I do not deny that our climate is changing. But so what? It has been changing one way or another since time immemorial. There are two questions that matter here.

First question: Do we know why? I believe that it is a matter of overlapping natural cycles that reinforce or counteract each other. We don't understand the cycles well enough to be able to prove this so no, we DON'T know why. But man-made greenhouse gases don't hold up their end of the bargain mechanistically.

Second question: What can/should we do about it? I don't know WHAT we can do about the weather. We can try to improve flood protection in vulnerable areas, but that won't stop the weather effects. That would be palliative rather than curative.

Given the implied inertia of the trends involved, I'm not sure that we could if we wanted to anyway. And NO, I do not mean "social inertia" in this case. I mean the physics-type inertia, the kind involving huge masses in motion to be affected by whatever we were going to do. Huge masses - like "planetary atmosphere sized masses" of non-homogeneous air.
 

Vassago

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Even if we don't agree on why the climate is changing, is there really any argument that the world is becoming too polluted? Do we want to have a planet for generations that our families can enjoy? Can anyone really doubt that air pollution is a problem just as much as garbage pollution and landfill excess? We are destroying our planet, climate change or no.

What do we do about it?
 

Galaxiom

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I do not deny that our climate is changing. But so what? It has been changing one way or another since time immemorial. There are two questions that matter here.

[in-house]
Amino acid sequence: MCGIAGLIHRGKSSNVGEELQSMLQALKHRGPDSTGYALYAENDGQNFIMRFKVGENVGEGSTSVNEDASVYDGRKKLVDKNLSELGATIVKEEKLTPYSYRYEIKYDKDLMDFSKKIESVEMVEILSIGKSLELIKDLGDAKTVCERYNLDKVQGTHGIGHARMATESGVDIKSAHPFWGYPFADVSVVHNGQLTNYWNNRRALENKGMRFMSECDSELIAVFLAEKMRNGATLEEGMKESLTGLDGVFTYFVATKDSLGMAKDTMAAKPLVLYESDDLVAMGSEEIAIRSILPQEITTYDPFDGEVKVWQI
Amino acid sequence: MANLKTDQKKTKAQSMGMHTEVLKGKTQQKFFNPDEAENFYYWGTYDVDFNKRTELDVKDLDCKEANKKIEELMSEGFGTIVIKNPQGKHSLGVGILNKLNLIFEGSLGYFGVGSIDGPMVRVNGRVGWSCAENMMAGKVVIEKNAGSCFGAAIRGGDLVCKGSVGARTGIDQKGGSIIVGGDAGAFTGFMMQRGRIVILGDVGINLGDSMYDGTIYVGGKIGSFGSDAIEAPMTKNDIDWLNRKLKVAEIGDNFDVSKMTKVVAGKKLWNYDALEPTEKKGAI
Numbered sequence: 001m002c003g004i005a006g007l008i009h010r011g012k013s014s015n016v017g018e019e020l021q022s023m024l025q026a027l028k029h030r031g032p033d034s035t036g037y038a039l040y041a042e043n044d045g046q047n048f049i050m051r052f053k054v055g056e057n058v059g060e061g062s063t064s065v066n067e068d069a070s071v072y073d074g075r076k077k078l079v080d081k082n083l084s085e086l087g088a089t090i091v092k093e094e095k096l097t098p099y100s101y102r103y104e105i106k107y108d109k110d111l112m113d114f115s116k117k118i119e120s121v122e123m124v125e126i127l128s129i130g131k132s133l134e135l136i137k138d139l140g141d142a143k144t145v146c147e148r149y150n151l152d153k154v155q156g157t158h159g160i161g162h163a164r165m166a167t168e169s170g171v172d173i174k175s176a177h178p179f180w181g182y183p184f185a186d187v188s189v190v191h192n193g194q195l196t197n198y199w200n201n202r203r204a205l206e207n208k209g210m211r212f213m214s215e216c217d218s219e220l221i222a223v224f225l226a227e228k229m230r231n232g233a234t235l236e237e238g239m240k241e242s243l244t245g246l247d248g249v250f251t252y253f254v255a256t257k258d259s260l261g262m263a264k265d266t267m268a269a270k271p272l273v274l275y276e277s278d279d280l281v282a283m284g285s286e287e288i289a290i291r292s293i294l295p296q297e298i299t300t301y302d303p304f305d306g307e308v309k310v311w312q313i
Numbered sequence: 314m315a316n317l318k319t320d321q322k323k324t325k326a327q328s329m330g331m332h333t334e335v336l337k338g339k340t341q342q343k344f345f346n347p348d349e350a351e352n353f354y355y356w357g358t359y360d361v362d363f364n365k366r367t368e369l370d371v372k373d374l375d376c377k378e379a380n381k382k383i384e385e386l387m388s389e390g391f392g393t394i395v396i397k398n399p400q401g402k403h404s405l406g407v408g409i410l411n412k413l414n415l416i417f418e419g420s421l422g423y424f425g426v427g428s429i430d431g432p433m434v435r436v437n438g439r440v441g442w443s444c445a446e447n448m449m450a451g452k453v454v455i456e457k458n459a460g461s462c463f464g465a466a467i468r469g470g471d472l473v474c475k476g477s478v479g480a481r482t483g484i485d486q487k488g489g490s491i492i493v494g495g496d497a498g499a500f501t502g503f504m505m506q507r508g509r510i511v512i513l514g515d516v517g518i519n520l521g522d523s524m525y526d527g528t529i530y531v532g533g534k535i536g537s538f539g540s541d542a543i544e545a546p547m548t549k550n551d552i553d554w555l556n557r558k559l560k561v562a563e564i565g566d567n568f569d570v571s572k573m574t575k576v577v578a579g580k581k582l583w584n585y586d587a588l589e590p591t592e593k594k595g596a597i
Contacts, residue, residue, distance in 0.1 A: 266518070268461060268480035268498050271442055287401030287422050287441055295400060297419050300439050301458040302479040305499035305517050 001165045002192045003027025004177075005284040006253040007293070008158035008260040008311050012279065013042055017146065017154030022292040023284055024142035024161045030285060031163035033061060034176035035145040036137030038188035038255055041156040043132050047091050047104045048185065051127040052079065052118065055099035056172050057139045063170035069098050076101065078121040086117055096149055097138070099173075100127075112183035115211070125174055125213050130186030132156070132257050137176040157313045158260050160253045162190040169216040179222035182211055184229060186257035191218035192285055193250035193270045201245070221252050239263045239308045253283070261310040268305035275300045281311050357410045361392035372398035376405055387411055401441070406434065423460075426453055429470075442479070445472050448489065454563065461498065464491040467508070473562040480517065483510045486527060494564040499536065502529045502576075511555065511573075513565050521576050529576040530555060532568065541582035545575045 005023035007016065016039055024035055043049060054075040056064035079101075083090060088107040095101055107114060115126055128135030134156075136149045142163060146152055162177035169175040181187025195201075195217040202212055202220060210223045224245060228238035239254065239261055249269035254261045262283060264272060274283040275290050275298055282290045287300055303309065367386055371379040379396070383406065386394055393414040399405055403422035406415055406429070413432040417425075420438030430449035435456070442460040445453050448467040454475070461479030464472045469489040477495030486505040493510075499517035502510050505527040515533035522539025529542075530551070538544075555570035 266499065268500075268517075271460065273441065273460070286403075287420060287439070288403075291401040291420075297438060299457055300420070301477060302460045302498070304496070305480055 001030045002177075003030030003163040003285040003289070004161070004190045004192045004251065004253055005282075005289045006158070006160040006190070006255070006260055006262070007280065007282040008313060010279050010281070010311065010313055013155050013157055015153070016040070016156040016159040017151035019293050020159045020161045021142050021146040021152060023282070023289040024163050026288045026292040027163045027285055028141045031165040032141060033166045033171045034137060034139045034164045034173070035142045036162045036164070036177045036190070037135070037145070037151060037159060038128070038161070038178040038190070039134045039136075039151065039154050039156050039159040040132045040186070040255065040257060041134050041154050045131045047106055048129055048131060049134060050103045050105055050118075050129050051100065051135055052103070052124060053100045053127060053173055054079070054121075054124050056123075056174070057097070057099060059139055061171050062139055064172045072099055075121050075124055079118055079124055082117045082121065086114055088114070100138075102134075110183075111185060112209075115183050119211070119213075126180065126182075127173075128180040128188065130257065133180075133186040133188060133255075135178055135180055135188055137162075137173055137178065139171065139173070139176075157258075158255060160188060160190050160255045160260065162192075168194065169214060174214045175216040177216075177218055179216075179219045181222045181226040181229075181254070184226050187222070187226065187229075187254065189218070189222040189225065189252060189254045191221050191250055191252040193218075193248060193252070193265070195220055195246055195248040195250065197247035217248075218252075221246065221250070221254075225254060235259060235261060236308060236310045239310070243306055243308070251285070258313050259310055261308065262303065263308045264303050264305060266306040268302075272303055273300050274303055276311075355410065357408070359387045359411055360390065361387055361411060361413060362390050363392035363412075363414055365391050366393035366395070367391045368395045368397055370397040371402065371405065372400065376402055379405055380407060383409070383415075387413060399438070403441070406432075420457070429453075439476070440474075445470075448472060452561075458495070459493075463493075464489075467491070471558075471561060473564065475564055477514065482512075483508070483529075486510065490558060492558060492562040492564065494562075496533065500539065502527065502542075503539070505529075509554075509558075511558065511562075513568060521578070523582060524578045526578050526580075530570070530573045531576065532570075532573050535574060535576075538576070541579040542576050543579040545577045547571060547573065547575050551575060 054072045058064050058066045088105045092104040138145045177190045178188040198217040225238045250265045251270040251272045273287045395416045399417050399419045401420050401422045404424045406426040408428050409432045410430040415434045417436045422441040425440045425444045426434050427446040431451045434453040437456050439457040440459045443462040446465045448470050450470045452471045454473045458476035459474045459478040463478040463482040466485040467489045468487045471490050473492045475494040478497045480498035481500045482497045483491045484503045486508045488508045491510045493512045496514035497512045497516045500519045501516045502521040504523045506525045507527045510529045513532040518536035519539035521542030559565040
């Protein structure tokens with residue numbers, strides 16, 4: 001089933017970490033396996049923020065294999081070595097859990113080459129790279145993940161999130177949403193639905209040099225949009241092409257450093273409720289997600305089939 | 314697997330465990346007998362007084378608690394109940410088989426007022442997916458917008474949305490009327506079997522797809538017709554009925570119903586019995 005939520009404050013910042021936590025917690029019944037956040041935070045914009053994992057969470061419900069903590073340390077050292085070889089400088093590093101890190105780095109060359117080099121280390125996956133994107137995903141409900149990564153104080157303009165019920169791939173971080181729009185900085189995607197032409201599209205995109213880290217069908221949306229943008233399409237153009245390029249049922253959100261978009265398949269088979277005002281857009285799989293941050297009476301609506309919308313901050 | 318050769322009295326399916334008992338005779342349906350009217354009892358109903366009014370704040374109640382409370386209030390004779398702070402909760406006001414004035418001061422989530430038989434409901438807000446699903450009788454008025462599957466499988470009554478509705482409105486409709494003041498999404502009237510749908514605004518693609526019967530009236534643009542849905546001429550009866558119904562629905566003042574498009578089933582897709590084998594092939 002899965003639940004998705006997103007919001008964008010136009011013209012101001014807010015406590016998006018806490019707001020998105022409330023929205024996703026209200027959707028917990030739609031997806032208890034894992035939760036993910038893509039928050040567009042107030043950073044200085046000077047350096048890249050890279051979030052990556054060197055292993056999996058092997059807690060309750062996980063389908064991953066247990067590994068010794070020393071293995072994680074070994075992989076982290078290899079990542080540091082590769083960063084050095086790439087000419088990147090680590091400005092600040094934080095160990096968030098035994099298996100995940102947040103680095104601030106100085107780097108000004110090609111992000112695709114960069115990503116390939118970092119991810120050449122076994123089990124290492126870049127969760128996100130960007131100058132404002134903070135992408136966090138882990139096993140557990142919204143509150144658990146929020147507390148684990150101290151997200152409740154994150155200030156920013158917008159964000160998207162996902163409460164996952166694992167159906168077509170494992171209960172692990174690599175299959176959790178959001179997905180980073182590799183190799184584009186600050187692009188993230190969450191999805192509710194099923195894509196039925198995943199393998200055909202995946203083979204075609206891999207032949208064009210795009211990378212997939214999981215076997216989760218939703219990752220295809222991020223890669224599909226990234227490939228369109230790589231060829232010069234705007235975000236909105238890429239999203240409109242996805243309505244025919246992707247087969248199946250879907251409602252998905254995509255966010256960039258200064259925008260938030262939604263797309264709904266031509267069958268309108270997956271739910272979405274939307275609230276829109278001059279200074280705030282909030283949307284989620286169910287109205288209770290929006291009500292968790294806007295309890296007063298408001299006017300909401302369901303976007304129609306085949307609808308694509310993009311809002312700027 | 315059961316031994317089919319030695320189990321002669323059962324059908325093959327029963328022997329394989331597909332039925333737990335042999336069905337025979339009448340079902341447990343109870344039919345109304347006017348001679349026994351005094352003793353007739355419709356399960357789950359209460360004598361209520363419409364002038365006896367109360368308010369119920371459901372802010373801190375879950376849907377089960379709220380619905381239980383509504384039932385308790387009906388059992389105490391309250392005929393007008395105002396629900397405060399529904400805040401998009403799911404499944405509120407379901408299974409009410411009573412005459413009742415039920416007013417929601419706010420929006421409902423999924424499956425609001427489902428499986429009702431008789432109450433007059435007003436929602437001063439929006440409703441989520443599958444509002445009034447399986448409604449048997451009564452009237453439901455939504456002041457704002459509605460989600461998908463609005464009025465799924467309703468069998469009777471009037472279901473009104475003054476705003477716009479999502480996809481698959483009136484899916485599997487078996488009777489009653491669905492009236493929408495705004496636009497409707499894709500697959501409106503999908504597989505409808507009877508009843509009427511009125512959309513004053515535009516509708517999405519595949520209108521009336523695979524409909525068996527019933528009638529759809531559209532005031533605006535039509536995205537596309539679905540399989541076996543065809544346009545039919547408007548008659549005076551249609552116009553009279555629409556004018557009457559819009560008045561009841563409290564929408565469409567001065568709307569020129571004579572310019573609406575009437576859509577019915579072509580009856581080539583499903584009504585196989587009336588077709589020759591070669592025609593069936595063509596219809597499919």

First question: Do we know why? I believe that it is a matter of overlapping natural cycles that reinforce or counteract each other. We don't understand the cycles well enough to be able to prove this so no, we DON'T know why.
So you guess that it is due to some kind of unknown natural cycle despite having nothing whatsoever to support your guess.

But man-made greenhouse gases don't hold up their end of the bargain mechanistically.
While the models that indicate that it is cause by manmade greenhouse gasses may not precisely replicate the observed changes they do correctly indicate the direction. The evidence is clearly on the side that climate is changing to due to human activity. Until the deniers can show some evidence, they are indulging in unsubstantiated speculation and should be ignored.

Second question: What can/should we do about it? I don't know WHAT we can do about the weather.
We cannot change the weather but there are certainly things that can and should be done to stop the change of the climate.